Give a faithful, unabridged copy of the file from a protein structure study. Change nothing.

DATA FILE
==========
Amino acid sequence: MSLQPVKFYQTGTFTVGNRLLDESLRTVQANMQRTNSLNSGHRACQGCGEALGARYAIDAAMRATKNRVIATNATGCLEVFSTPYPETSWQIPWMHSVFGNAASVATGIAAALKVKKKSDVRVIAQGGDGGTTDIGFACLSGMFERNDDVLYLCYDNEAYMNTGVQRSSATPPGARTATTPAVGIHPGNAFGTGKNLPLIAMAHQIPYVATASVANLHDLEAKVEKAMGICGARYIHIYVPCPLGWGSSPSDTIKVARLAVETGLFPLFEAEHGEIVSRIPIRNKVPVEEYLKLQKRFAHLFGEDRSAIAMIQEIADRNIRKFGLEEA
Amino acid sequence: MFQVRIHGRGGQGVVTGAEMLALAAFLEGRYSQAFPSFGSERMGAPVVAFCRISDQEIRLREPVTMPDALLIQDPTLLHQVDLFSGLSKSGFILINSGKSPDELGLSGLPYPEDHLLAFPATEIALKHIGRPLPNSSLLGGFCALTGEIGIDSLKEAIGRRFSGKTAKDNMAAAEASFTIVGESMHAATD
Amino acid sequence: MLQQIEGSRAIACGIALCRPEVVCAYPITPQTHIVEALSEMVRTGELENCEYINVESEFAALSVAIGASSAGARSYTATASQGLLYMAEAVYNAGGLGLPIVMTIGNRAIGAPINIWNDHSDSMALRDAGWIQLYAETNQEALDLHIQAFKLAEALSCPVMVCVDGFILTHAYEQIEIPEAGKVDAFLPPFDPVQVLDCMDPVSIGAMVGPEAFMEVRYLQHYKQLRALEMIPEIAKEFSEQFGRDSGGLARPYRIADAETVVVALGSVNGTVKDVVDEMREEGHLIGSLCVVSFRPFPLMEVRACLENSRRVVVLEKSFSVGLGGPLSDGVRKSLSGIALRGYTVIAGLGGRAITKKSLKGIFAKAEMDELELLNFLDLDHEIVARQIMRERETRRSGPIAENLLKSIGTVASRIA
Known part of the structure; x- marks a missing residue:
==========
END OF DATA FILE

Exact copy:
Amino acid sequence: MSLQPVKFYQTGTFTVGNRLLDESLRTVQANMQRTNSLNSGHRACQGCGEALGARYAIDAAMRATKNRVIATNATGCLEVFSTPYPETSWQIPWMHSVFGNAASVATGIAAALKVKKKSDVRVIAQGGDGGTTDIGFACLSGMFERNDDVLYLCYDNEAYMNTGVQRSSATPPGARTATTPAVGIHPGNAFGTGKNLPLIAMAHQIPYVATASVANLHDLEAKVEKAMGICGARYIHIYVPCPLGWGSSPSDTIKVARLAVETGLFPLFEAEHGEIVSRIPIRNKVPVEEYLKLQKRFAHLFGEDRSAIAMIQEIADRNIRKFGLEEA
Amino acid sequence: MFQVRIHGRGGQGVVTGAEMLALAAFLEGRYSQAFPSFGSERMGAPVVAFCRISDQEIRLREPVTMPDALLIQDPTLLHQVDLFSGLSKSGFILINSGKSPDELGLSGLPYPEDHLLAFPATEIALKHIGRPLPNSSLLGGFCALTGEIGIDSLKEAIGRRFSGKTAKDNMAAAEASFTIVGESMHAATD
Amino acid sequence: MLQQIEGSRAIACGIALCRPEVVCAYPITPQTHIVEALSEMVRTGELENCEYINVESEFAALSVAIGASSAGARSYTATASQGLLYMAEAVYNAGGLGLPIVMTIGNRAIGAPINIWNDHSDSMALRDAGWIQLYAETNQEALDLHIQAFKLAEALSCPVMVCVDGFILTHAYEQIEIPEAGKVDAFLPPFDPVQVLDCMDPVSIGAMVGPEAFMEVRYLQHYKQLRALEMIPEIAKEFSEQFGRDSGGLARPYRIADAETVVVALGSVNGTVKDVVDEMREEGHLIGSLCVVSFRPFPLMEVRACLENSRRVVVLEKSFSVGLGGPLSDGVRKSLSGIALRGYTVIAGLGGRAITKKSLKGIFAKAEMDELELLNFLDLDHEIVARQIMRERETRRSGPIAENLLKSIGTVASRIA
Known part of the structure; x- marks a missing residue: